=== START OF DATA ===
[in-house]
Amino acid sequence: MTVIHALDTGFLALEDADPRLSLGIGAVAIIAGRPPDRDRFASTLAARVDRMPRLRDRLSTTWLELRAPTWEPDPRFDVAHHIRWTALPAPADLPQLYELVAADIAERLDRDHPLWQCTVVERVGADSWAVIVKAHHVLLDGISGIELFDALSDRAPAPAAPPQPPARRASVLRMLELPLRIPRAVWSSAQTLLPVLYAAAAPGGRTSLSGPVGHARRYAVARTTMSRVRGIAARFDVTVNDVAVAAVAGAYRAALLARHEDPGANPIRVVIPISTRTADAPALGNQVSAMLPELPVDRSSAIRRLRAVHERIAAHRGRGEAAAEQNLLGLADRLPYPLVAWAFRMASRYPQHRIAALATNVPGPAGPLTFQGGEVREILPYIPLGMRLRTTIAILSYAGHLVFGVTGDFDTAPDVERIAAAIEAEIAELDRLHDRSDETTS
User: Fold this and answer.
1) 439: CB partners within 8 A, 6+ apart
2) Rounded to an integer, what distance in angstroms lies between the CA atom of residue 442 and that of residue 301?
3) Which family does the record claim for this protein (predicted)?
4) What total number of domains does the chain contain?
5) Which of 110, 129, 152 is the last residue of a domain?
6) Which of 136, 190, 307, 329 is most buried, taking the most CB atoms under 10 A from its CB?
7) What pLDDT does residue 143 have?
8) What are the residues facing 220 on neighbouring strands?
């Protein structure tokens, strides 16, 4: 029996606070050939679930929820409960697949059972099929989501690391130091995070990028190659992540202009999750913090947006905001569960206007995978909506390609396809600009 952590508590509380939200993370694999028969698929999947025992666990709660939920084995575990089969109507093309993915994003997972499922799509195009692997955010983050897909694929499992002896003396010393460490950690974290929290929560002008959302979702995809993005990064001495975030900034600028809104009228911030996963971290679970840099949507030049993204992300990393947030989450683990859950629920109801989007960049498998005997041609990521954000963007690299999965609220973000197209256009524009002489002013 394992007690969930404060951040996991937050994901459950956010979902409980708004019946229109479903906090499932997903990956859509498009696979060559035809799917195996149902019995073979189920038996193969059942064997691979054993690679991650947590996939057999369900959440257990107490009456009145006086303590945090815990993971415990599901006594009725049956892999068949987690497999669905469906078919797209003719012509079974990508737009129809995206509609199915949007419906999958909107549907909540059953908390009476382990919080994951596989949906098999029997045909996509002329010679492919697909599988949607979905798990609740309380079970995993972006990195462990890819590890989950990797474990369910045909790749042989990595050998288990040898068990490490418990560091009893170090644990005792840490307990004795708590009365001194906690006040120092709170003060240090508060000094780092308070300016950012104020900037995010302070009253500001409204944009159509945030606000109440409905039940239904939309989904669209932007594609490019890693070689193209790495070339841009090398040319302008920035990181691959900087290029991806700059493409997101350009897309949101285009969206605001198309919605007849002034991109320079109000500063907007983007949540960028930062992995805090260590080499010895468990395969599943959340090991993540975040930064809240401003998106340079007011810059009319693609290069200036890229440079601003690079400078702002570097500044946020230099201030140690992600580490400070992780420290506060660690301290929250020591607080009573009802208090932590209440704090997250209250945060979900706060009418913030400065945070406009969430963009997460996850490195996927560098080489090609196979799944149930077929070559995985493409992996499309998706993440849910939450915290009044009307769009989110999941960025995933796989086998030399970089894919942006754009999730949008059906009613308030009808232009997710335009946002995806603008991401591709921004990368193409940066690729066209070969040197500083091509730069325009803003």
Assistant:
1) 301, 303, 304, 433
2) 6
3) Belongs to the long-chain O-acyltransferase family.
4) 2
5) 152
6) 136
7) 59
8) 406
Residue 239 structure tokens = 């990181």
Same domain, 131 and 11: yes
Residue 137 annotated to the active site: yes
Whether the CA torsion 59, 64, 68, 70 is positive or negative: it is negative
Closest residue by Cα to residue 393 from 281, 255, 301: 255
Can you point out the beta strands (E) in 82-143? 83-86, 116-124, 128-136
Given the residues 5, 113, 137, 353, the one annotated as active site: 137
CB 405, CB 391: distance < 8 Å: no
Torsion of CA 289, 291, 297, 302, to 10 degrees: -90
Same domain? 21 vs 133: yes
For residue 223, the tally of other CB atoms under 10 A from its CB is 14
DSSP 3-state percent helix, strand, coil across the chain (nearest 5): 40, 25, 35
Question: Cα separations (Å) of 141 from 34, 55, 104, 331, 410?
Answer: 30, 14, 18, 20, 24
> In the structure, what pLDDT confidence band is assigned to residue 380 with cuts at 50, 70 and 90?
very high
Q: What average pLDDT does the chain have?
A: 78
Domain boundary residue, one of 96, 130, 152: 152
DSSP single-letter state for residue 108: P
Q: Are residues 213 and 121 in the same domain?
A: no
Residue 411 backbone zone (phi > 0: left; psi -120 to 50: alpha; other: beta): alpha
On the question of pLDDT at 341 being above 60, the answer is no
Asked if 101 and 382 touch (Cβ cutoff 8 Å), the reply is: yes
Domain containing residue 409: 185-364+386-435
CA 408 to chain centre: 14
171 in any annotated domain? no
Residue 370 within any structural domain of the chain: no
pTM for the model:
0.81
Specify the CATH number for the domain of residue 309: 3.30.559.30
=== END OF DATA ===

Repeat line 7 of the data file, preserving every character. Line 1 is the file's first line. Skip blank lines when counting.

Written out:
4) What total number of domains does the chain contain?